Arizona Podiatry Board Complaint Lawyer | Our attorney can assist a Podiatrist with Board Complaints
Who can file a complaint against a podiatrist? Patients, health care facilities, other professionals, among others. When the Arizona Podiatry Board receives a complaint, the Board initiates an investigation into the complaint (if the Board has jurisdiction and the Complaint isn’t dismissed). After this happens, the podiatrist receives notice and the board assigns an investigator to the case. Please note, having an attorney during this step can be crucial for podiatrists as they must submit a response, interview with the investigator while also possibly appearing at an Arizona Podiatry Board.
Responding to Practice Complaints and Investigations
After receiving an Arizona Podiatry Board Complaint or self-report, a podiatrist receives a notice from the Board requesting additional information as well as a response to allegations found in the complaint. From here, the Arizona Podiatry Board assigns an investigator to the complaint and they begin to collect evidence. The documents and evidence collected includes:
- Patient medical records
- Employment files from the podiatrist’s employer and business
- Criminal records
- Interviews of people associated with the Board Complaint (These interviewees can include the owner, medical director, colleagues, etc.)
Appeals of Arizona Board Decisions by Attorneys
It’s always disappointing when a podiatrist receives an unfavorable decision from the Arizona Podiatry Board (“APB“). However, podiatrists in Arizona can benefit from understanding the process that goes along with Arizona Podiatry Board Appeals and hearings after an Arizona Podiatry Board Complaint is heard. If you are facing an unfavorable APB outcome due to an Arizona Podiatry Board Disciplinary Action, you can always appeal the decision.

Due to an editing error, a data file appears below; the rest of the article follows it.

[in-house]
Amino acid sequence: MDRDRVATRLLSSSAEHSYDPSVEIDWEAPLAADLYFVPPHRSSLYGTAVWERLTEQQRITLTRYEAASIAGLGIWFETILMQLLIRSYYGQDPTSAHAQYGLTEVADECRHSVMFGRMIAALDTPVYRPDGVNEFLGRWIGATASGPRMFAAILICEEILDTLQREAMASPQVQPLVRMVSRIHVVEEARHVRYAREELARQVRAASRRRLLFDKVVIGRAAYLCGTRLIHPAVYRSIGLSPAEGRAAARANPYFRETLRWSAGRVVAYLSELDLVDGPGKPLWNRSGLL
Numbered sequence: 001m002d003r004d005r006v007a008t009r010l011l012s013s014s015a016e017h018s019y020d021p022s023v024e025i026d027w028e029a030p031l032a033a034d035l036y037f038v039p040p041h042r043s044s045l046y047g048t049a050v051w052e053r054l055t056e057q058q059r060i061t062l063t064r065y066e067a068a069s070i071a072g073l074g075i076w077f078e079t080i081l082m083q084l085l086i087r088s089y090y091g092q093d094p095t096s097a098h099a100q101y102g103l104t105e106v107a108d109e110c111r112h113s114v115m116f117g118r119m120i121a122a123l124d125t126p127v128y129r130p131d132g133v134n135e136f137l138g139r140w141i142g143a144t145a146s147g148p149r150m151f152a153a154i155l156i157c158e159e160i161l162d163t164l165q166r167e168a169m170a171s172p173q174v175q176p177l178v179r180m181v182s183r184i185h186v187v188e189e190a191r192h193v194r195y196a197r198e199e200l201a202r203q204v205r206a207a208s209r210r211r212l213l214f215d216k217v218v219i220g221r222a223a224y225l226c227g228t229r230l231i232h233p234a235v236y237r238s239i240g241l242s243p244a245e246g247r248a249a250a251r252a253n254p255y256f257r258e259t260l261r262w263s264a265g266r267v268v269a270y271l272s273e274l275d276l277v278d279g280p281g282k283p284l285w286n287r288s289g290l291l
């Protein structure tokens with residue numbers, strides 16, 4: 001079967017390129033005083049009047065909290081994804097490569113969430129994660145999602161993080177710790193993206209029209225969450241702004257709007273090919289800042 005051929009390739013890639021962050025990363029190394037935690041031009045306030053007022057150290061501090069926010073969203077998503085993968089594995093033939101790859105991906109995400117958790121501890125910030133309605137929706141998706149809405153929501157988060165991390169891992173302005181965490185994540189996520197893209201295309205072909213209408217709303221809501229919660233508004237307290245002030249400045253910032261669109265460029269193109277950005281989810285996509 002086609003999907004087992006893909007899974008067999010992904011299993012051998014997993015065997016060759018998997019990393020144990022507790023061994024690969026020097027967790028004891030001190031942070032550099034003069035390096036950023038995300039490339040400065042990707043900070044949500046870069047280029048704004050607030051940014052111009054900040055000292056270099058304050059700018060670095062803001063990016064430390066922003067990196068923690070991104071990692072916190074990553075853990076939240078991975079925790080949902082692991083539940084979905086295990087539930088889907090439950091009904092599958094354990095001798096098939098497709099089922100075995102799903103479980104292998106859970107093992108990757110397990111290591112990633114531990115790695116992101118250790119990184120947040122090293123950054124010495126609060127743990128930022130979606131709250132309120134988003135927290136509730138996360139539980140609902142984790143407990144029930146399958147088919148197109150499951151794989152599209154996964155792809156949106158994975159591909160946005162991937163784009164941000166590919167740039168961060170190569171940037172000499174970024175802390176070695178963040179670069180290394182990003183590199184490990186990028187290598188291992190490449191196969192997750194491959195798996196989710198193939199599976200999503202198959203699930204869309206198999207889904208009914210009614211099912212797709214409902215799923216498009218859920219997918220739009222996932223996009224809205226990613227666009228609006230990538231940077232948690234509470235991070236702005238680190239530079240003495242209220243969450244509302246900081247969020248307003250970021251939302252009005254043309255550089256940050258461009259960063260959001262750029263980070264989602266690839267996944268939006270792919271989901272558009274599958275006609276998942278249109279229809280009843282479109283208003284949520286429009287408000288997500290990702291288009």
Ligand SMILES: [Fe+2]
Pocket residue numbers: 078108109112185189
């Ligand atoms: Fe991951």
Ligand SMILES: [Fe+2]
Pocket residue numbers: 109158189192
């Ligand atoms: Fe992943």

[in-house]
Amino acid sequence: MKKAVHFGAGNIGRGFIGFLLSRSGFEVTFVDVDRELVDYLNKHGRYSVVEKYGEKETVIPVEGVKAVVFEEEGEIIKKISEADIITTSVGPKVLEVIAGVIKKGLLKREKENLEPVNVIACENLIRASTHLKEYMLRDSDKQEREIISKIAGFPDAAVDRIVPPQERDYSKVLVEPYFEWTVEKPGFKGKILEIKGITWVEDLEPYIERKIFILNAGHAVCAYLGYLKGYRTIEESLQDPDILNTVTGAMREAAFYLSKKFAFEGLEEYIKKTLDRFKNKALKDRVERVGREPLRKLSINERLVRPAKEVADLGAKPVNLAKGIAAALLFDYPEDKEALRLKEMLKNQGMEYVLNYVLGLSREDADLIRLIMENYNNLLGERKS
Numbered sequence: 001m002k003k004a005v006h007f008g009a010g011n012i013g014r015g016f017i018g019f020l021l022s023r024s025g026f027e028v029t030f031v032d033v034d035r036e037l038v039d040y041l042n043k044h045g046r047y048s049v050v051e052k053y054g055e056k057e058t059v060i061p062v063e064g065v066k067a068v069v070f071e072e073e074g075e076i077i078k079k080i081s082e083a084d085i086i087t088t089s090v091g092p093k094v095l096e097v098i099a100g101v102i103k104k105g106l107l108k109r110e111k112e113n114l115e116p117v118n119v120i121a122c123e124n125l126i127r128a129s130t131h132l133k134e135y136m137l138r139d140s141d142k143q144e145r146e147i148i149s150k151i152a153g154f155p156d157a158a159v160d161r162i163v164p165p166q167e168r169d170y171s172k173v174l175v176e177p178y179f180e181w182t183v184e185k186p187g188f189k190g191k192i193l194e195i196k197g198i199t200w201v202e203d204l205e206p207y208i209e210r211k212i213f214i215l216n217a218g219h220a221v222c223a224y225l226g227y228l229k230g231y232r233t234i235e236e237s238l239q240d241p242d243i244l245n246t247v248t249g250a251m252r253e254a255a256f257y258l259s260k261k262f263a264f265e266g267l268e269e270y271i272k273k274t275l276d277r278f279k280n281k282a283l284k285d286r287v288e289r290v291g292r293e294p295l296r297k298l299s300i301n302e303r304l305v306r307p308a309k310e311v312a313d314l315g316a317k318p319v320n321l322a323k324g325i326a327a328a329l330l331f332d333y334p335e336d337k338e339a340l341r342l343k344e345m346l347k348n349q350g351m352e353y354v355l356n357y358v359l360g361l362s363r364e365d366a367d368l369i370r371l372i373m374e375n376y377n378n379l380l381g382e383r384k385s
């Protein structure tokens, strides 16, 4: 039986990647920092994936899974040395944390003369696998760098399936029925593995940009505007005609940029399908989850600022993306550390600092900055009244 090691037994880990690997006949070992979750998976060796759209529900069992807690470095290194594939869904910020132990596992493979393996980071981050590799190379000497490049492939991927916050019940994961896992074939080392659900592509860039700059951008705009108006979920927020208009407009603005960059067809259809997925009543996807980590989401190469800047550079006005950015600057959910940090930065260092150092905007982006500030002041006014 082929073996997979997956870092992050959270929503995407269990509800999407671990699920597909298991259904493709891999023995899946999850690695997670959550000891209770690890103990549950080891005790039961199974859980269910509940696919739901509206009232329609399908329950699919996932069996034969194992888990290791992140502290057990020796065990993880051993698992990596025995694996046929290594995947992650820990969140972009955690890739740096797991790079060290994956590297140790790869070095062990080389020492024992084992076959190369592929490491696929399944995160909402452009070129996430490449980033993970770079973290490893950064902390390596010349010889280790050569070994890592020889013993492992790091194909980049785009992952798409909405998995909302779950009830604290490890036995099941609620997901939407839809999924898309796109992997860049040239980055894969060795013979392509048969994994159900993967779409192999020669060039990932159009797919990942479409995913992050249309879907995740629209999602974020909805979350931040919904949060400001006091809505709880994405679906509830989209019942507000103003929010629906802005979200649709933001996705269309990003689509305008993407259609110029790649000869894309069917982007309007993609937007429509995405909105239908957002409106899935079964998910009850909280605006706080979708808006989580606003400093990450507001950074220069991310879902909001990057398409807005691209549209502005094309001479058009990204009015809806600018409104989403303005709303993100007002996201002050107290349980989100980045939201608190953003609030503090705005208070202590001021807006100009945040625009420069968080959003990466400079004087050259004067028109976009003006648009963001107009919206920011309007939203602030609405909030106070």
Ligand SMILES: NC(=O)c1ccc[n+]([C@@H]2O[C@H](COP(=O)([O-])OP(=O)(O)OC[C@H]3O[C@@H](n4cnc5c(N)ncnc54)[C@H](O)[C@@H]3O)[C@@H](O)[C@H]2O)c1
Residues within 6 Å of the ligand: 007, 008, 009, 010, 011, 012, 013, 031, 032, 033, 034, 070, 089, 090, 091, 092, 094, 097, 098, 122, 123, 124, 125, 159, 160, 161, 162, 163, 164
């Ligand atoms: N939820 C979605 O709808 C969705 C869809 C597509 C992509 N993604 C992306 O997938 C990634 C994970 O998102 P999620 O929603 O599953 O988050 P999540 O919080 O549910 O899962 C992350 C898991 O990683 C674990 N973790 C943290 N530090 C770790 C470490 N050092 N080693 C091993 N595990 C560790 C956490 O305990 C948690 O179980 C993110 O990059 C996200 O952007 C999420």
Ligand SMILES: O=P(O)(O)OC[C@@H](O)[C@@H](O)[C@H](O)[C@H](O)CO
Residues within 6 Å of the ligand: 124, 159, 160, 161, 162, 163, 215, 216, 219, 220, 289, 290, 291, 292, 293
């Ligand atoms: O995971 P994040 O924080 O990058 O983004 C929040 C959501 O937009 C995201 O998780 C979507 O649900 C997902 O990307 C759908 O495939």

Filing an Appeal after a Podiatry Board Meeting
The investigatory process and the appeal process work like this: The Arizona Board receives a complaint or initiates an investigation into the conduct of the podiatrist. Once the board receives a complaint or self-report they will then initiate an investigation. The purpose of this investigation is to give the APB evidence to make a decision on whether or not a podiatrist should face disciplinary action. If the podiatrist receives an unfavorable decision, it is at this point they can then file an appeal and request a hearing with the Arizona Office of Administrative Hearing. An Administrative Law Judge will then oversee the appeal and the acupuncturist may need to attend a hearing. However, sometimes the investigation is automatically sent to hearing or an informal settlement conference can be held.
Podiatry Administrative Appeal and Hearing Information
Any podiatry licensee may request a legal appeal of Arizona State Board Discipline to an administrative law judge with the Arizona Office of Administrative Hearings (OAH) which is located in Phoenix. In some instances, a case is sent automatically to OAH. The OAH hearing is conducted before an Administrative Law Judge (ALJ). The administrative process is not as formal as a trial, but is similar. Each party presents evidence using documents or sworn testimony. Each party also gives an opening and closing argument which should explain why the judge should rule one way or the other. A podiatrist’s attorney can cross examine witnesses and testify on his or her behalf. After it is completed, the ALJ reviews the transcripts, evidence and makes a recommendation. However, the Board makes the decision to either accept, reject or modify the ALJ’s decision. If an individuals feels there has been a mistake they can request a rehearing.